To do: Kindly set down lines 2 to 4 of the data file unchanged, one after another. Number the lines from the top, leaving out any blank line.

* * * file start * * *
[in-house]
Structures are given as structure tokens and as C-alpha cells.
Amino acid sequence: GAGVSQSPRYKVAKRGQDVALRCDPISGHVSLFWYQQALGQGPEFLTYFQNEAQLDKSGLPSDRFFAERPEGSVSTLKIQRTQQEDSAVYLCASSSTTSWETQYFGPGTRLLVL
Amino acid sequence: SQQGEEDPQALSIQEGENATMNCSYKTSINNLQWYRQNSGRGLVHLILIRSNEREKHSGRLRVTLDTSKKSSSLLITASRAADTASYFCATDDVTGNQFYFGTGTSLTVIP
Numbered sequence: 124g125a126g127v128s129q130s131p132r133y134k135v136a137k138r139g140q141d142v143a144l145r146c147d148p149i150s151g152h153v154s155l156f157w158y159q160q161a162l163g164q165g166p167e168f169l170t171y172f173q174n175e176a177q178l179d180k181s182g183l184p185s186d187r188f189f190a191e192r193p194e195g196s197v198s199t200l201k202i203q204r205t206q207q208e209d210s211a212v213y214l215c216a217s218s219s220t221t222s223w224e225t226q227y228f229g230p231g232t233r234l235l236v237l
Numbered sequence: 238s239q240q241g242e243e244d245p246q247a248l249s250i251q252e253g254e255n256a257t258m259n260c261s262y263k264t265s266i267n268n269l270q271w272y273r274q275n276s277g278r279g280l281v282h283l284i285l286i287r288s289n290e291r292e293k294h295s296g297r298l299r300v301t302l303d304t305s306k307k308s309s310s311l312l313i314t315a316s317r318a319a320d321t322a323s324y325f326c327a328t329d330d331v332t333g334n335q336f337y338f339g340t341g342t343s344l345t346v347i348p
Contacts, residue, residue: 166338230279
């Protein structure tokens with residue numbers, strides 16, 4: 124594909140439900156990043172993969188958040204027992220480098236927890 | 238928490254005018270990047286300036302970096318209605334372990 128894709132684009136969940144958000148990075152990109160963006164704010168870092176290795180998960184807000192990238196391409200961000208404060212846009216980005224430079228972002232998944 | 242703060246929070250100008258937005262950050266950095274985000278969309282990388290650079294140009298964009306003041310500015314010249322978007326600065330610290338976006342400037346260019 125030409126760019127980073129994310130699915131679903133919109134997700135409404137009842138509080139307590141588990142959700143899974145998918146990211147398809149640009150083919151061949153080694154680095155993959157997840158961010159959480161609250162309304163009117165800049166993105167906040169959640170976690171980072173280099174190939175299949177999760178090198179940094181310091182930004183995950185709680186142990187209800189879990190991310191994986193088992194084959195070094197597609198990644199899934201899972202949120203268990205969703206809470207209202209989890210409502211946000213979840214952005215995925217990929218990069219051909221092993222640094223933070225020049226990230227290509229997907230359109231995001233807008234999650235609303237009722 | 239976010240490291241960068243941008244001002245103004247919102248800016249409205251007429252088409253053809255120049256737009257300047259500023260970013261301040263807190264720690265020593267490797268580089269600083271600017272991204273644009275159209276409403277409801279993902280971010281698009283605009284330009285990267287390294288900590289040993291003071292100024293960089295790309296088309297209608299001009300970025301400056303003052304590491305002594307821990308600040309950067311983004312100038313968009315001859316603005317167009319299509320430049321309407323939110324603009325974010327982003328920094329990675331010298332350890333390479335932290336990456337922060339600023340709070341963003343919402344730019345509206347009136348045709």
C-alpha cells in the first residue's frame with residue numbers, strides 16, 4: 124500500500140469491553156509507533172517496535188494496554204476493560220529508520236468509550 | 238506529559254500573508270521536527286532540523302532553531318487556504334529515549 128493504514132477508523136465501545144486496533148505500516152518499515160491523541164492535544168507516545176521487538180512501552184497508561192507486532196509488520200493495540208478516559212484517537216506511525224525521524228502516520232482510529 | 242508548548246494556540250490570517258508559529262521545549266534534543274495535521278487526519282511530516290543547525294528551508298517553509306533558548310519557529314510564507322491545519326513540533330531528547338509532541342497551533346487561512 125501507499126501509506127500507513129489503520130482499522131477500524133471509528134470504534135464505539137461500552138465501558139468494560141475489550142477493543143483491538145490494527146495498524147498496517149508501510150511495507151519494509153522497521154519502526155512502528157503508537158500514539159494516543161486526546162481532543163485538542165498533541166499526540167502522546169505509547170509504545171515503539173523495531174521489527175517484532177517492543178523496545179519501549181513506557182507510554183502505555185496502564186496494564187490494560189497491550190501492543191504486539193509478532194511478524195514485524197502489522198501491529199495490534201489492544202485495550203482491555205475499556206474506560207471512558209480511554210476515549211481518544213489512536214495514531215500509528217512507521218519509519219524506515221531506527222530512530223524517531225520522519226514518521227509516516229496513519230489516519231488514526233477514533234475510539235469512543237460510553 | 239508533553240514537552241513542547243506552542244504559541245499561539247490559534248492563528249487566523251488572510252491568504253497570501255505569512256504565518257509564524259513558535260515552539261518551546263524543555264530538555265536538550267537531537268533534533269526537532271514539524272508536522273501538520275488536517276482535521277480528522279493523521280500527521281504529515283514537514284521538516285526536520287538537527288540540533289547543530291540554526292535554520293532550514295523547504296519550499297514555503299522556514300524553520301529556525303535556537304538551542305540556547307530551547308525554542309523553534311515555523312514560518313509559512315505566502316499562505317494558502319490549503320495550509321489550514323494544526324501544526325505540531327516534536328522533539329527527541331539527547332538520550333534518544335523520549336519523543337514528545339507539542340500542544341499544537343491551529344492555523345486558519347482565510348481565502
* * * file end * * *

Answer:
Structures are given as structure tokens and as C-alpha cells.
Amino acid sequence: GAGVSQSPRYKVAKRGQDVALRCDPISGHVSLFWYQQALGQGPEFLTYFQNEAQLDKSGLPSDRFFAERPEGSVSTLKIQRTQQEDSAVYLCASSSTTSWETQYFGPGTRLLVL
Amino acid sequence: SQQGEEDPQALSIQEGENATMNCSYKTSINNLQWYRQNSGRGLVHLILIRSNEREKHSGRLRVTLDTSKKSSSLLITASRAADTASYFCATDDVTGNQFYFGTGTSLTVIP